|Well some really interesting discussions :) ... I tend to agree with Leo's approach which extends type() without breaking it by adding a 2nd return value derived from __type or whatever from the metatable.|
For those saying "well, all you have to do is implement XXX" yes you are correct about how it can be done (there are dozens of ways). My point really was that the ability to project "metatype" information for userdata and tables is, imho, something that should be part of the standard base language. Such a facility is part of the basic contract between suppliers and consumers of objects, and so transcends individual local designs. Just like tostring() can be extended via the __tostring metafunction, so the type() function can be extended. This way, no new design pattern need be introduced, and Lua stays implementation neutral ... what is standardized is the contract BETWEEN the consumer and the supplier of type data.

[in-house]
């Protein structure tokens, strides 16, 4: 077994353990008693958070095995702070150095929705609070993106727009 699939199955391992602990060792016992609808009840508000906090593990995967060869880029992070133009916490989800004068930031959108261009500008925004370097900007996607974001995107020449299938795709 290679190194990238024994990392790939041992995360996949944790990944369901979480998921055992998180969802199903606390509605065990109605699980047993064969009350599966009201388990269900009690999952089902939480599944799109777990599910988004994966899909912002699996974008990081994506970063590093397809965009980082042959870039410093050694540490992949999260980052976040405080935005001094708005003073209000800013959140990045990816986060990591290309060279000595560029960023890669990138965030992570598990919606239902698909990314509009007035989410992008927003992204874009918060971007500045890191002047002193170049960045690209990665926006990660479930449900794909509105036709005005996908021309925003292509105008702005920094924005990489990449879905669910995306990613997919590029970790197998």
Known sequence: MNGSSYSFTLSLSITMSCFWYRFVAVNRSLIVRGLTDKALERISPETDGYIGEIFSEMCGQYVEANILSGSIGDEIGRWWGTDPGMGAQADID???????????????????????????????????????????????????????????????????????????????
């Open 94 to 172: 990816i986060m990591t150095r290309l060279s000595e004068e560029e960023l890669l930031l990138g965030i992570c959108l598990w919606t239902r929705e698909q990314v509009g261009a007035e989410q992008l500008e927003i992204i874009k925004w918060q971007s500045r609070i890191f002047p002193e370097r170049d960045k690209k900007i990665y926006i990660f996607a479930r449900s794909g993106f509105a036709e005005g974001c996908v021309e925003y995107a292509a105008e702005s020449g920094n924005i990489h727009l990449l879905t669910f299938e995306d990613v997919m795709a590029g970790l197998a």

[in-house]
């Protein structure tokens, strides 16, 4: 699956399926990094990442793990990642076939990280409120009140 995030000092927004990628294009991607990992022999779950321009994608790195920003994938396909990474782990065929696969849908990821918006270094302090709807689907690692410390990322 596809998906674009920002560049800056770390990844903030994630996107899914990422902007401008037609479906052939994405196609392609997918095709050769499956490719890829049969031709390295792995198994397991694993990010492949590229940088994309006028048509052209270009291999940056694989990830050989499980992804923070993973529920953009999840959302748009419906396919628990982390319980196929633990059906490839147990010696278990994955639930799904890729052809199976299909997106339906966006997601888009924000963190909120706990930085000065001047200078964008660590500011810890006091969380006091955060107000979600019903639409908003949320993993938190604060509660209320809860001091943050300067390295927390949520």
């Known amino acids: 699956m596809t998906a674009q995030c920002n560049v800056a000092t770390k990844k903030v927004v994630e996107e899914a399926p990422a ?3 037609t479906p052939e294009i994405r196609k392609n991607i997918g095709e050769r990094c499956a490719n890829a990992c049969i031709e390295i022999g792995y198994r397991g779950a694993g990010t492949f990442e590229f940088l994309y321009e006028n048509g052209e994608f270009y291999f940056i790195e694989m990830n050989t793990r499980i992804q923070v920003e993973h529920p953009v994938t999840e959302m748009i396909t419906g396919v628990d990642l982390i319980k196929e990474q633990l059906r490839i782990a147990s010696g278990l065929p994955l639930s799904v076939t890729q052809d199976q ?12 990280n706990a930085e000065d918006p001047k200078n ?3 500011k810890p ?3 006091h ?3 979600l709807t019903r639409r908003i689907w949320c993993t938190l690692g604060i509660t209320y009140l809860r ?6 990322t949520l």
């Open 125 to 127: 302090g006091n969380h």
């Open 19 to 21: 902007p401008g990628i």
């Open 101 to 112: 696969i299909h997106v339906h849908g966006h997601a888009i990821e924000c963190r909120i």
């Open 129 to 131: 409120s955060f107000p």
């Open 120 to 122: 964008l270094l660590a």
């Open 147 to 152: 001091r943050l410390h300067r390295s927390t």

As for extending type() versus some form of predicate, my feeling is that a predicate model belongs above the core layer; just like Lua does not have one baked-in object syntax, but instead provides the building blocks for many different OO paradigms, so the type() mechanism should be above any one paradigm. After all, any predicate system can really be built on top of an extended (two return value) type() function plus a conventionalized use of the second return value (string parsing etc etc).
On May 31, 2012, at 5:37 PM, Leo Razoumov wrote: